On Tuesday, Cambridge-based biotech Anji Pharma closed a $70 million Series B with two late-stage molecules in the fold and a mission to rewrite the rules of drug licensing through what it calls “dynamic equity” deals and a joint venture-heavy game plan. The round was funded in whole by Chinese hedge fund CR Capital.

Safe­ty fears force Pfiz­er to change piv­otal DMD gene ther­a­py tri­al pro­to­col

As one of the biggest players in an increasingly packed gene therapy space, Pfizer has taken an early lead over specialists like Sarepta in taking a Duchenne muscular dystrophy (DMD) candidate into late-stage testing. But new safety fears have led Pfizer to scale back that trial, cutting out patients with certain genetic mutations.

Pfizer has amended its enrollment protocol for a Phase III test for gene therapy fordadistrogene movaparvovec in DMD after investigators flagged severe side effects tied to specific mutations, according to a letter the drugmaker sent to Parent Project Muscular Dystrophy, a patient advocacy group.

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Albert Bourla, Pfizer CEO (John Thys, Pool via AP Images)

Covid-19 roundup: Pfiz­er/BioN­Tech sub­mit vac­cine da­ta to FDA for younger chil­dren; Doc­tors kept pre­scrib­ing hy­drox­y­chloro­quine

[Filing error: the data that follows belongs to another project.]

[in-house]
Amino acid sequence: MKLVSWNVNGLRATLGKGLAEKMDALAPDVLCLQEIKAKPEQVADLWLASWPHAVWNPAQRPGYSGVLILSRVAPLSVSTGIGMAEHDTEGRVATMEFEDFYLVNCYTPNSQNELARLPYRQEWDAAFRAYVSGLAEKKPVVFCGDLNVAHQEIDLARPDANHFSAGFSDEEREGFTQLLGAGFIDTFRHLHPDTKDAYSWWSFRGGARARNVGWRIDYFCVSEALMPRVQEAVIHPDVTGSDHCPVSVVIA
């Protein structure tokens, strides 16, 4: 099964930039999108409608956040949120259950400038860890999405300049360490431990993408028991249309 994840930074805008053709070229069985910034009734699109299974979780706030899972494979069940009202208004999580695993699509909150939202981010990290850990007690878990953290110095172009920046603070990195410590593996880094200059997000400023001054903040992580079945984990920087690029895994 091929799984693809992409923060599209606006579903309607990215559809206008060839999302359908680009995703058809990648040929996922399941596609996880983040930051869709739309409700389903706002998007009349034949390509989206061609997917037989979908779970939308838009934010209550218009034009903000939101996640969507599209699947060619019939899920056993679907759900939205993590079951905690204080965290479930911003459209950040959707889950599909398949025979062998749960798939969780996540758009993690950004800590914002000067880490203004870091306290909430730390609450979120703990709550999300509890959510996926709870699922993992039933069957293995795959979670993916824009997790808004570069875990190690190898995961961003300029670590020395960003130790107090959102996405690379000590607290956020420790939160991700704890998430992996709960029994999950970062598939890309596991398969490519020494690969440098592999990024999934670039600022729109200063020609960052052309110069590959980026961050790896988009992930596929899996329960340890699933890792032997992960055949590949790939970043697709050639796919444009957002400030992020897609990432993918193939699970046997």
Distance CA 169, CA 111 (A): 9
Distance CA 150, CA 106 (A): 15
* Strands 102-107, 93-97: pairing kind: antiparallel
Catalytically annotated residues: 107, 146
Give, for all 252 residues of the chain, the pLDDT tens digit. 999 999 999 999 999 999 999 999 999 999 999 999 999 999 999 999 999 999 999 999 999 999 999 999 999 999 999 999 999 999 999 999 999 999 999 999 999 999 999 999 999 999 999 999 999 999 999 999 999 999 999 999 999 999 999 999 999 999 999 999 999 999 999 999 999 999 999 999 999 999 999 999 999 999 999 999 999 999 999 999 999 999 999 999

Pfizer and BioNTech said Tuesday they submitted to FDA positive data from a Phase II/III trial of their Covid-19 vaccine in children aged 5 to less than 12 years old.

A formal EUA submission for the vaccine in these children is expected to follow “in the coming weeks,” the companies said in a statement.

The trial of 2,268 healthy participants aged 5 to less than 12 years old showed the vaccine was safe and elicited robust neutralizing antibody responses using a two-dose regimen of 10 μg doses, which is one-third the dose that’s administered to adults.

From left to right: Mark Springel, Kristina Wang, Lin Ao, Soufiane Aboulhouda

George Church, his stu­dents, and top VCs go na­tion­wide with a biotech train­ing camp

One night last fall, Floris Engelhardt sat down in her Boston apartment and logged onto a Zoom call, armed with a comic and a vague idea about starting a biotech.

Engelhardt was joining a student-run “match night.” A postdoc at MIT’s Bathe BioNanoLab, where researchers use DNA and RNA like Lego blocks for nanometer-sized structures, Engelhardt wanted to find real-world applications for her work. She sketched out — literally — a plan to use DNA origami, a decade-old technique for precisely folding DNA, to make therapies.

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Kim Smith, ViiV CEO, at GlaxoSmithKline's Investor Day

Bank­ing on in­te­grase in­hibitors as HIV cor­ner­stone, Vi­iV bags 3rd-gen­er­a­tion com­pound from Sh­iono­gi

As a 12% shareholder of ViiV Healthcare, Japan’s Shionogi has commanded a much lower profile than its fellow owners, GlaxoSmithKline and Pfizer. But behind the scenes, it’s played an outsized role in the development of ViiV’s HIV drugs, coming up with the two top programs — the integrase inhibitors dolutegravir and cabotegravir — currently in ViiV’s portfolio.

And it’s time for round three.